Bicentennial Legends: Major Taylor


In 1899, Marshall "Major" Taylor, who was born and raised in Indianapolis, became the first African American world-champion professional cyclist. He was also the U.S. sprint champion in 1899 and 1900, and became a pioneering role model for other athletes facing racial discrimination. 

The Arts Council identified Major Taylor as the first Bicentennial Legends portrait mural subject in partnership with the Major Taylor Coalition, an informal group of Central Indiana residents who are passionate about seeing Taylor honored in his hometown. 

The mural will be installed in 2021 on the Barnes & Thornburg building, 11 S. Meridian St. Lead funding support is provided by the City of Indianapolis Bicentennial Commission, Barnes & Thornburg, Glick Philanthropies, the CIBA Foundation, and public donations to the Major Taylor Coalition, matched by SRAM Corporation.

Image courtesy of La Vie Au Grand Air magazine, issue from May 11, 1907.

Project Timeline

We invite you to review the concepts below and provide your feedback.  


Proposal by Rafael Blanco, Aurora, IL

Blanco’s concepts include three variations on each of two design options: one with bands and splashes of color, one with an American flag background, and one a simple rendering in sepia tones. The design options for the figure both show Taylor in action on a bicycle, with one facing forward and the other facing sideways.

The artist also suggests including a quote from Taylor’s autobiography, which could be added to any of the designs. Blanco’s process includes on-site painting over the course of several weeks. 


Proposal by Michael “ALKEMI” Jordan, Indianapolis, IN

ALKEMI’s design proposes an image of Taylor on a bicycle, facing forward, with an American flag backdrop and his name in gold lettering in a semicircle above his head. This is the first image of Taylor the artist ever saw, and feels is still the most iconic. The portrayal of Taylor in full color, as a proud American, is at the heart of his concept. 

pdf ALKEMI Proposal for Major Taylor Mural (400 KB)

Proposal by Shawn Michael Warren, Harvey, IL

Warren’s two concepts for the mural design include: a triple-portrait montage, capturing Taylor in three stages of his life (as a youth, as an adult during his athletic peak, and upon his return to racing after a 2-year hiatus); and a single-portrait option, which simply is a half-length portrait of Taylor at his athletic peak.

Either option would include a quote from Taylor’s autobiography, and the artist would solicit feedback from the public to select the quote. The mural would be painted on Polytab fabric in Warren’s home studio, and then brought to Indianapolis and attached to the wall using a strong gel-like adhesive.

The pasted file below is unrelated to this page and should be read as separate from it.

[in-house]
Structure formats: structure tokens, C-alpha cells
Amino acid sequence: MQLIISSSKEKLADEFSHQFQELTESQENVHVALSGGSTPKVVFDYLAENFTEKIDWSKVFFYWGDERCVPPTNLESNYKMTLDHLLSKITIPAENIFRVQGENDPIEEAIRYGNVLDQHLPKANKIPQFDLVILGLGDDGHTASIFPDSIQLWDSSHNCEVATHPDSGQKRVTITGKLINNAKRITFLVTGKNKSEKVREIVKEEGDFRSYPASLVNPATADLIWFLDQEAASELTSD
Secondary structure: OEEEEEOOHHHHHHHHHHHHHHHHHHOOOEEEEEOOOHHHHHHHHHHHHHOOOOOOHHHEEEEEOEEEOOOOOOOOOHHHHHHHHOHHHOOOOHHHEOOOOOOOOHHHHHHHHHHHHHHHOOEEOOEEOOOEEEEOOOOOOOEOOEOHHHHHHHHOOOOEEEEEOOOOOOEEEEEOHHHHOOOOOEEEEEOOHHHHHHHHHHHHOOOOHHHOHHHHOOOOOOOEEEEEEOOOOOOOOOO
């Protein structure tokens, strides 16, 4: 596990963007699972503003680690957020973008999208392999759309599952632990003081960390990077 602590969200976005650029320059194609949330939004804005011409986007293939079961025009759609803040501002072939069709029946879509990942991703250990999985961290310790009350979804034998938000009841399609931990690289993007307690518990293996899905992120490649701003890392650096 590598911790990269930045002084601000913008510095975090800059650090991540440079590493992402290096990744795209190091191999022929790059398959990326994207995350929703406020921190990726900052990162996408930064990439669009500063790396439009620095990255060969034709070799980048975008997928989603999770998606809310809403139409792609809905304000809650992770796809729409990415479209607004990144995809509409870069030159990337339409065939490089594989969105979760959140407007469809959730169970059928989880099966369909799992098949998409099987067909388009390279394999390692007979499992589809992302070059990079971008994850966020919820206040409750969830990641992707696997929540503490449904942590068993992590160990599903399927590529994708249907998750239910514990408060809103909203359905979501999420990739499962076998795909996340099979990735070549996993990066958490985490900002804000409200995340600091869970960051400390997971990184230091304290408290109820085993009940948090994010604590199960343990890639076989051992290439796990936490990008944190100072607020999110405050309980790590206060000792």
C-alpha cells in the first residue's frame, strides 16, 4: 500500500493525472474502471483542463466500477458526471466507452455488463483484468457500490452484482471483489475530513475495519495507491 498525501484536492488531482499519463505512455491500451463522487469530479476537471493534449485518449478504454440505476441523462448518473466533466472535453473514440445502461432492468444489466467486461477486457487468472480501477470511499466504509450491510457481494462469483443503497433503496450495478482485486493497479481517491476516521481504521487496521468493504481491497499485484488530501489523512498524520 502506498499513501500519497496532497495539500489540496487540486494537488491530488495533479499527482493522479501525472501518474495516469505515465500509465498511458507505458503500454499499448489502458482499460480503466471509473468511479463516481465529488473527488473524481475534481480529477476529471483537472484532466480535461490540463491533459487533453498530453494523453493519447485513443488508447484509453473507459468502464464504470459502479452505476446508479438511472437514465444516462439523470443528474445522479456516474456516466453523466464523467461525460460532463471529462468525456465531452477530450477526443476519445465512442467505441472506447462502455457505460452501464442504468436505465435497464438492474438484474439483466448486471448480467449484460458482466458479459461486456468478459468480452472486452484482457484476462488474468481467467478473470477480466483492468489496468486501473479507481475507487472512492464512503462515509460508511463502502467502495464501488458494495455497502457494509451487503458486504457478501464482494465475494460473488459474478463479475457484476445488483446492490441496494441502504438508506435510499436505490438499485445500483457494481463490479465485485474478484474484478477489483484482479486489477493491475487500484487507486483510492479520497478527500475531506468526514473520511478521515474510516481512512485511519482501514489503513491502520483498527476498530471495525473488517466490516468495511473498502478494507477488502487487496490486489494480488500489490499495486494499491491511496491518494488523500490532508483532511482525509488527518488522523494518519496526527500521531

pdf Shawn Warren Taylor Mural Proposal (11.78 MB)

About the bicentennial legends project

In September 2020, the Arts Council kicked off the Bicentennial Legends mural series to celebrate the City of Indianapolis' 200th birthday. Internationally recognized cyclist and racial justice advocate Marshall "Major" Taylor (1878-1932) will be honored with the first public mural in 2021 in a prominent downtown location.

The project will build on Indy's already-iconic murals of Hoosiers, which include author Kurt Vonnegut, poet Mari Evans, and former Indiana Pacer Reggie Miller. New murals will depict individuals who embody the Bicentennial Commission’s guiding principles: History, Civic Pride, Innovation, and Legacy. 

We Need Your Help! 

With support from the community, artists, and property owners, we can honor and celebrate many other Legends over the next several years.

Indianapolis Bicentennial

Nominate a Bicentennial Legend

We are seeking nominations from the public for individuals whose talent, courage, and humanity and helped make Indianapolis/Indiana the vibrant place it is today. We are especially interested in those who made important contributions but were overlooked because of their race, gender, economic status, or social class.


Each Bicentennial Legends mural is a unique private-public partnership that will involve the building owner, community partners affiliated with the Legend, the neighborhood hosting the mural, and the public. There will be opportunities to participate in public forums, volunteer, and donate to support this effort. Questions? Please contact the Arts Council’s Director of Public Art This email address is being protected from spambots. You need JavaScript enabled to view it..

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Thank you to our funders

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Indiana Arts Commission
Clowes Charitable Foundation